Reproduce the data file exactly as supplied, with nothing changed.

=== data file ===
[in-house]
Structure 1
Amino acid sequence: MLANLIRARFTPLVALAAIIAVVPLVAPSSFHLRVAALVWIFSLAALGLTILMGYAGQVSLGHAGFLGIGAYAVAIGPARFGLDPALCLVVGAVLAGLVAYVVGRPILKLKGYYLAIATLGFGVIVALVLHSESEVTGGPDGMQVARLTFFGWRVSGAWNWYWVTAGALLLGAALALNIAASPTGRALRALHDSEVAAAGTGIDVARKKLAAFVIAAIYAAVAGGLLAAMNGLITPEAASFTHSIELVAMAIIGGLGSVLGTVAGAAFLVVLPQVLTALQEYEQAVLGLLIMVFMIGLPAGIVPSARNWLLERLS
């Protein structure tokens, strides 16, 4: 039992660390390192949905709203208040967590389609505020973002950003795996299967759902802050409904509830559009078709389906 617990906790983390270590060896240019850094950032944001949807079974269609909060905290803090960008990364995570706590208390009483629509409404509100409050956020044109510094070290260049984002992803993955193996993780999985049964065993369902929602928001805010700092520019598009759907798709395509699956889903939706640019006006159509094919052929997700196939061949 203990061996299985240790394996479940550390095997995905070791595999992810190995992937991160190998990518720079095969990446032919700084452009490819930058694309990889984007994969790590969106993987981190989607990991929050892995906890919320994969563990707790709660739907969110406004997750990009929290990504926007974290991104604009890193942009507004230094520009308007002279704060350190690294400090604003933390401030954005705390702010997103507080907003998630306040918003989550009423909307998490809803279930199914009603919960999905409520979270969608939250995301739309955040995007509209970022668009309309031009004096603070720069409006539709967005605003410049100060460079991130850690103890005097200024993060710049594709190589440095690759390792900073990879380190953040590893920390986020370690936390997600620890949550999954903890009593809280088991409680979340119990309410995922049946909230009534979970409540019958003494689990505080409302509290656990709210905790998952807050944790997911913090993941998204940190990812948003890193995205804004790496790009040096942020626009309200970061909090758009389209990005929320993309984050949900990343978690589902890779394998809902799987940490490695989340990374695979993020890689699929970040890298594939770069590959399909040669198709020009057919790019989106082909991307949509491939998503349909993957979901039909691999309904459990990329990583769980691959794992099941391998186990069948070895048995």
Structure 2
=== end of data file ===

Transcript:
[in-house]
Structure 1
Amino acid sequence: MLANLIRARFTPLVALAAIIAVVPLVAPSSFHLRVAALVWIFSLAALGLTILMGYAGQVSLGHAGFLGIGAYAVAIGPARFGLDPALCLVVGAVLAGLVAYVVGRPILKLKGYYLAIATLGFGVIVALVLHSESEVTGGPDGMQVARLTFFGWRVSGAWNWYWVTAGALLLGAALALNIAASPTGRALRALHDSEVAAAGTGIDVARKKLAAFVIAAIYAAVAGGLLAAMNGLITPEAASFTHSIELVAMAIIGGLGSVLGTVAGAAFLVVLPQVLTALQEYEQAVLGLLIMVFMIGLPAGIVPSARNWLLERLS
């Protein structure tokens, strides 16, 4: 039992660390390192949905709203208040967590389609505020973002950003795996299967759902802050409904509830559009078709389906 617990906790983390270590060896240019850094950032944001949807079974269609909060905290803090960008990364995570706590208390009483629509409404509100409050956020044109510094070290260049984002992803993955193996993780999985049964065993369902929602928001805010700092520019598009759907798709395509699956889903939706640019006006159509094919052929997700196939061949 203990061996299985240790394996479940550390095997995905070791595999992810190995992937991160190998990518720079095969990446032919700084452009490819930058694309990889984007994969790590969106993987981190989607990991929050892995906890919320994969563990707790709660739907969110406004997750990009929290990504926007974290991104604009890193942009507004230094520009308007002279704060350190690294400090604003933390401030954005705390702010997103507080907003998630306040918003989550009423909307998490809803279930199914009603919960999905409520979270969608939250995301739309955040995007509209970022668009309309031009004096603070720069409006539709967005605003410049100060460079991130850690103890005097200024993060710049594709190589440095690759390792900073990879380190953040590893920390986020370690936390997600620890949550999954903890009593809280088991409680979340119990309410995922049946909230009534979970409540019958003494689990505080409302509290656990709210905790998952807050944790997911913090993941998204940190990812948003890193995205804004790496790009040096942020626009309200970061909090758009389209990005929320993309984050949900990343978690589902890779394998809902799987940490490695989340990374695979993020890689699929970040890298594939770069590959399909040669198709020009057919790019989106082909991307949509491939998503349909993957979901039909691999309904459990990329990583769980691959794992099941391998186990069948070895048995």
Structure 2